Previous Review
Next Review
October 29, 2009
Review - " Whatever Works "  -  (on DVD) By Roland Hansen
For comments or to submit a movie review for possible inclusion on Delta Films site
please send an email to
Evan Rachel Wood in pigtails makes a stark contrast to the older Larry David
Whatever Works movie poster
Whatever Works
Directed by: Woody Allen
Starring: Larry David, Evan Rachel Wood, Patricia Clarkson, Ed
Bagley Jr

Whatever Works is familiar territory for a Woody Allen comedy. It
centers on a relationship between an older man and a very young
woman. It’s got a slight genre-bending gimmick but mostly it’s just a
likeable romp. Of course there’s a threesome, but only in
the B story this time.

Attempting to impress his ideologies on religion, relationships, and
the randomness (and worthlessness) of existence, lifelong New
York resident Boris Yellnikoff rants to anyone who will listen,
including the audience. Boris is a 50-something quantum physics
genius who has somehow managed to fail at his career, his
marriage, suicide, and virtually everything else other than
pontificating – with a glorious cynical wit – on the misery of life, the
wretched state of the human race and the pointlessness and
ridiculousness of our doomed existence. But when he begrudgingly
allows naive Mississippi runaway Melodie St. Ann Celestine to
live in his apartment, his reclusive rages give way to an unlikely
friendship and Boris begins to mold the impressionable young
girl’s worldly views to match his own. When it comes to love,
“whatever works” is his motto, but his already perplexed life
complicates itself further when Melodie’s parents eventually track
her down.
Whatever Works is a quirky film, written and directed by Woody Allen. The movie was written and directed well, but Larry
David steals the show and makes the film. Whatever Works really brings through the point of Whatever Works, especially
since the plot is pretty irrelevant. From the very beginning his character Boris grabs you and through his faults and random
jabbering you learn a lot about Boris and the world in general. Boris doesn’t start off very likable, and in fact he is very bitter
and negative, but by the end of the film you can’t help but to feel for him.

Larry David is not doing Woody Allen, nor is he doing Larry David. Of course there are some neuroses but they are played
more as acknowledgments of facts, not anything to be anxious about. He’s a hypochondriac and cynical about romance, yet
he’s practical. He’s definitely playing a better person than the Larry David on Curb.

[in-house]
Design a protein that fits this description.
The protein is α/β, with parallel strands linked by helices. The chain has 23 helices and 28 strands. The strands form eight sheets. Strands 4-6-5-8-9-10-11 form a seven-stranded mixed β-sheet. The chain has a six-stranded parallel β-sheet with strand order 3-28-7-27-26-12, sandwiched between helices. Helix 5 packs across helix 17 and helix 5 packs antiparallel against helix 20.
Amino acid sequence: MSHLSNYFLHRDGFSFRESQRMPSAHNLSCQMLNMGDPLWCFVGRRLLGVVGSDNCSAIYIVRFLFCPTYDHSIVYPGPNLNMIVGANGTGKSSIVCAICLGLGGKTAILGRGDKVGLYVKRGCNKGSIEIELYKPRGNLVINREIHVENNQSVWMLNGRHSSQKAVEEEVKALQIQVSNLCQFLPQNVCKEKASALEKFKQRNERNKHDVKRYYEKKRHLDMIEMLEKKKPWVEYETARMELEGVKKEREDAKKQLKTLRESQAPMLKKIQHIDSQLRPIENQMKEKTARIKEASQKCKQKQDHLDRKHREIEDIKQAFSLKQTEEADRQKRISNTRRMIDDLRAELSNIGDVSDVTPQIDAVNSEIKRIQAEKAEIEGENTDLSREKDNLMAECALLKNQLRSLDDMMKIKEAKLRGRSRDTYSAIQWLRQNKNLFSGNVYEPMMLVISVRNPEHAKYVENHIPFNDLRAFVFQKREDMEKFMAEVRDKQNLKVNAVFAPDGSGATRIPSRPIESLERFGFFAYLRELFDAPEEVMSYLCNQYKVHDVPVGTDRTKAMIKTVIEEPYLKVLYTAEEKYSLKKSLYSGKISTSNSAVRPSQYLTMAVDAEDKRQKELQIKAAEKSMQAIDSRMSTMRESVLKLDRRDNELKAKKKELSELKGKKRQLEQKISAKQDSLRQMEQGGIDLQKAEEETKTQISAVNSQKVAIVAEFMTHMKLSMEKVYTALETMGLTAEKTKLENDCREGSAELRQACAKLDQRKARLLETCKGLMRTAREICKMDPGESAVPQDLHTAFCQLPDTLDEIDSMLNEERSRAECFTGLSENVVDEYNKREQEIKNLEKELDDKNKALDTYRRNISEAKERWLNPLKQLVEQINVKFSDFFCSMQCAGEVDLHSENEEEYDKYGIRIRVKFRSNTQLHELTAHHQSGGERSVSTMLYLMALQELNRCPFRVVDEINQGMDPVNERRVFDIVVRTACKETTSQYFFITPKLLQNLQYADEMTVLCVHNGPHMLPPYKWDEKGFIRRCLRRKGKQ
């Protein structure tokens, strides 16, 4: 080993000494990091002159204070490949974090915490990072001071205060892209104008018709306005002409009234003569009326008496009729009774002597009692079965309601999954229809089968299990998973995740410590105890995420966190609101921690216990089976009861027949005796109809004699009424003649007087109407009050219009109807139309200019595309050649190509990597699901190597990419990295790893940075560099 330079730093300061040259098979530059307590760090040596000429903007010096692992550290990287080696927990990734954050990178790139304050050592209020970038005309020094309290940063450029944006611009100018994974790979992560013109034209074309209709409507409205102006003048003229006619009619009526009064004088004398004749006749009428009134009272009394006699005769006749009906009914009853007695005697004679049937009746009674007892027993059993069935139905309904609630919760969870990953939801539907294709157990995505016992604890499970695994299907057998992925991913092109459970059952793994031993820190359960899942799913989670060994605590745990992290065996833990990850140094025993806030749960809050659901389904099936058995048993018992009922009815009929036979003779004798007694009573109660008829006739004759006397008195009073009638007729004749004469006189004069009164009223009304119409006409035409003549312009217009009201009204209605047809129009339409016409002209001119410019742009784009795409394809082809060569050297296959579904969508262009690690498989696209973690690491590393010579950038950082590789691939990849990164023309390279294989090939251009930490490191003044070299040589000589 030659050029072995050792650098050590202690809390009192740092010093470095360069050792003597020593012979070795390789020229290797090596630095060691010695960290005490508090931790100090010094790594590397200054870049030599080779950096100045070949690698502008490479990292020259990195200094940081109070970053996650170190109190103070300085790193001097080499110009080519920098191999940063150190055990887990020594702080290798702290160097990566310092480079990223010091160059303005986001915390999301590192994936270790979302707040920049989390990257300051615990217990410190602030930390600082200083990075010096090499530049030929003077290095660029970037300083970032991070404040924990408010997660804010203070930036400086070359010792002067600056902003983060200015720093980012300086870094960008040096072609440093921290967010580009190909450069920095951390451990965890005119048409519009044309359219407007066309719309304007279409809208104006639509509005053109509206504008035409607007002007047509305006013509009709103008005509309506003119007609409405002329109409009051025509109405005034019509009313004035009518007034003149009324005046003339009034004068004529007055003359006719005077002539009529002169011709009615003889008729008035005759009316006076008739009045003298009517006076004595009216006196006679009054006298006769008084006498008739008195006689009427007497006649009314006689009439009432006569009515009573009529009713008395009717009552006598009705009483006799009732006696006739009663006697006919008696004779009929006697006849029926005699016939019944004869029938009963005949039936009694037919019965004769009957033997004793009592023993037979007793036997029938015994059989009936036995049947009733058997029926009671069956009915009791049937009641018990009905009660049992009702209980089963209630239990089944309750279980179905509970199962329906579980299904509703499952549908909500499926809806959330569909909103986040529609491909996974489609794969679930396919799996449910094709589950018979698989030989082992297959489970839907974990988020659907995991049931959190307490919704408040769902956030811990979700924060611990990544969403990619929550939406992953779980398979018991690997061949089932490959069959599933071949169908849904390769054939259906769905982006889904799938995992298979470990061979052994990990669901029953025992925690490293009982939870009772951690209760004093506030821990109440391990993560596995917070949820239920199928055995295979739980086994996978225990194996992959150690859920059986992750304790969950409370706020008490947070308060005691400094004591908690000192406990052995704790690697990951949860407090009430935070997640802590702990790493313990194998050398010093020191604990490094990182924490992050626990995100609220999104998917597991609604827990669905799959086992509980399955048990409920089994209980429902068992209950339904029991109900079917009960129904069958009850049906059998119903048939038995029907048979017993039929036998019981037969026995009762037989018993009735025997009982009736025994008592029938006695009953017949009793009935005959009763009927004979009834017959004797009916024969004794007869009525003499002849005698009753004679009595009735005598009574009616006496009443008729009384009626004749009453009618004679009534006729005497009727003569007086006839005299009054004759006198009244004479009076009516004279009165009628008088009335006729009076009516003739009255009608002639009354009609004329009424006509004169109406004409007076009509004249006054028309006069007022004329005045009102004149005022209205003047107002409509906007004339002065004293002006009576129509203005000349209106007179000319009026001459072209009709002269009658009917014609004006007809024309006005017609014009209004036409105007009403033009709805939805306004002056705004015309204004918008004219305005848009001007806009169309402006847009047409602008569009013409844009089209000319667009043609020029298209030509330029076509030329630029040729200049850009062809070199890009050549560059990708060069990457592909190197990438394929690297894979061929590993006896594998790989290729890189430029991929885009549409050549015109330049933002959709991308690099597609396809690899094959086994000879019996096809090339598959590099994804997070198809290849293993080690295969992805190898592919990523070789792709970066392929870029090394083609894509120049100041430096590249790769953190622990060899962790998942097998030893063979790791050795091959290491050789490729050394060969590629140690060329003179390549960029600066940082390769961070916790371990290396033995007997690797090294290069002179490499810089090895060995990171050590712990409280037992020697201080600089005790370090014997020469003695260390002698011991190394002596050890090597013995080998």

His character is a genius so they have fun with the burden of knowing everything, having seen it all, but he also seems at
peace with the inevitable disappointment that comes with the end of any life moment. This is just how it is and it’s happening
again. David’s performance makes it all real, not a caricature. Demanding more than clichés from people is actually
admirable. Even his condescending remarks sound sweet because he really means is.

He takes breaks from the scene to talk to the audience, so Woody Allen has gone from pulling obscure authors off the
street and interacting with a Greek chorus to doing Ferris Bueller. At least it’s not a stupid gimmick like Scoop, Jade
Scorpion or Hollywood Ending. It’s just not original.

The impact of intellect on a flighty youth is actually sweet. Evan Rachel Wood is as adorable as Mira Sorvino was, or as
Mariel Hemingway probably was or the first time we saw Diane Keaton. She’s bright, cheery, innocent. The mismatch is
classic, whether in buddy action or odd couple comedies. The classics still work. Also Anal Sphincter is funny because it’s

Woody Allen remains perceptive about
people’s tendencies. There are some
clever one-liners but also situational
comedy where you set up crazy elements
and watch them go. It shows people
evolving. Allen may be evolving with
modern issues too, as he throws in some
topical observations regarding the gay
rights movement that seem like new
territory for him as far as I recall.

The events that unfold during the movie
seem absurd at times, but they still seem
to fit in the film. Whatever Works may not
be a movie for everyone, but the dialogue
and acting from Larry David make it a very
good film. You definitely need an open
mind to view it because a lot of ideologies
are pushed through and may not be for